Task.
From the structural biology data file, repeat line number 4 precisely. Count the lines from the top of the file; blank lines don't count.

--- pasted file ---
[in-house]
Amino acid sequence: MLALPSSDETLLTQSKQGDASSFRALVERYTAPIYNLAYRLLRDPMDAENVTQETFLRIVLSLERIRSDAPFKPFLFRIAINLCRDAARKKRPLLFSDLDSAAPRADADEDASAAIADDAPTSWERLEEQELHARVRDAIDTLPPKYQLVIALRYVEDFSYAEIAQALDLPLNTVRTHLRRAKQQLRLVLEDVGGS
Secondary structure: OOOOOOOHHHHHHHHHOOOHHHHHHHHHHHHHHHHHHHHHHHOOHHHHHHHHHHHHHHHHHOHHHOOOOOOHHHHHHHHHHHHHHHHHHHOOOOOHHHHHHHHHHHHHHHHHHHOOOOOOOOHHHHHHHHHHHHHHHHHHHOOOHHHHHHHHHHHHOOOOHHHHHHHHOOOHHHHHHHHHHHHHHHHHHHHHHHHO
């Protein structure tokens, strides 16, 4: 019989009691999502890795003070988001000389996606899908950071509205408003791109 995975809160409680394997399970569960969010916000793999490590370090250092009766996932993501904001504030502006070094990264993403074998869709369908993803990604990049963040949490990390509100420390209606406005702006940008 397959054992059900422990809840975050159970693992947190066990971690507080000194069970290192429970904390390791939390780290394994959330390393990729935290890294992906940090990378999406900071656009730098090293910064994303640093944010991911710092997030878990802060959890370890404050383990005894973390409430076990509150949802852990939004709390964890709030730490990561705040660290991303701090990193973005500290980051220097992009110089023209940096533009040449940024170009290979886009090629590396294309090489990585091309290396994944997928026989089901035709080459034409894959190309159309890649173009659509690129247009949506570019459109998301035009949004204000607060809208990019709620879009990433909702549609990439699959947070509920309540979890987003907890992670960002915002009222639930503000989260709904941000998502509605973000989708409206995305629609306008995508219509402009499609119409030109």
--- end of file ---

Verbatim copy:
């Protein structure tokens, strides 16, 4: 019989009691999502890795003070988001000389996606899908950071509205408003791109 995975809160409680394997399970569960969010916000793999490590370090250092009766996932993501904001504030502006070094990264993403074998869709369908993803990604990049963040949490990390509100420390209606406005702006940008 397959054992059900422990809840975050159970693992947190066990971690507080000194069970290192429970904390390791939390780290394994959330390393990729935290890294992906940090990378999406900071656009730098090293910064994303640093944010991911710092997030878990802060959890370890404050383990005894973390409430076990509150949802852990939004709390964890709030730490990561705040660290991303701090990193973005500290980051220097992009110089023209940096533009040449940024170009290979886009090629590396294309090489990585091309290396994944997928026989089901035709080459034409894959190309159309890649173009659509690129247009949506570019459109998301035009949004204000607060809208990019709620879009990433909702549609990439699959947070509920309540979890987003907890992670960002915002009222639930503000989260709904941000998502509605973000989708409206995305629609306008995508219509402009499609119409030109």